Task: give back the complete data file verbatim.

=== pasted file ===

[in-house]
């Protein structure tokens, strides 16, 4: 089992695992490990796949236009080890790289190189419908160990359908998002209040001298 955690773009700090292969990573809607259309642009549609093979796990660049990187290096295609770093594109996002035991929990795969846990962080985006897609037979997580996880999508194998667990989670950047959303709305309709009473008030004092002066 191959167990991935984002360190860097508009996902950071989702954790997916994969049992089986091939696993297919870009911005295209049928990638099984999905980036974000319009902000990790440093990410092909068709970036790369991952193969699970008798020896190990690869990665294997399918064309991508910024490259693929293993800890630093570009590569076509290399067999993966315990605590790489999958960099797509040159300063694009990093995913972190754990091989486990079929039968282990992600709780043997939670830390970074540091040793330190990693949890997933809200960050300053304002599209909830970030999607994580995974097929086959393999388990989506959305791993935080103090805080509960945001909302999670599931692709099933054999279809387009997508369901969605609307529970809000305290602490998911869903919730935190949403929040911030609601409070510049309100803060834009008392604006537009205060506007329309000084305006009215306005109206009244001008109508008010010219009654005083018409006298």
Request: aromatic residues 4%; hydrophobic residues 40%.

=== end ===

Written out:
[in-house]
């Protein structure tokens, strides 16, 4: 089992695992490990796949236009080890790289190189419908160990359908998002209040001298 955690773009700090292969990573809607259309642009549609093979796990660049990187290096295609770093594109996002035991929990795969846990962080985006897609037979997580996880999508194998667990989670950047959303709305309709009473008030004092002066 191959167990991935984002360190860097508009996902950071989702954790997916994969049992089986091939696993297919870009911005295209049928990638099984999905980036974000319009902000990790440093990410092909068709970036790369991952193969699970008798020896190990690869990665294997399918064309991508910024490259693929293993800890630093570009590569076509290399067999993966315990605590790489999958960099797509040159300063694009990093995913972190754990091989486990079929039968282990992600709780043997939670830390970074540091040793330190990693949890997933809200960050300053304002599209909830970030999607994580995974097929086959393999388990989506959305791993935080103090805080509960945001909302999670599931692709099933054999279809387009997508369901969605609307529970809000305290602490998911869903919730935190949403929040911030609601409070510049309100803060834009008392604006537009205060506007329309000084305006009215306005109206009244001008109508008010010219009654005083018409006298």
Request: aromatic residues 4%; hydrophobic residues 40%.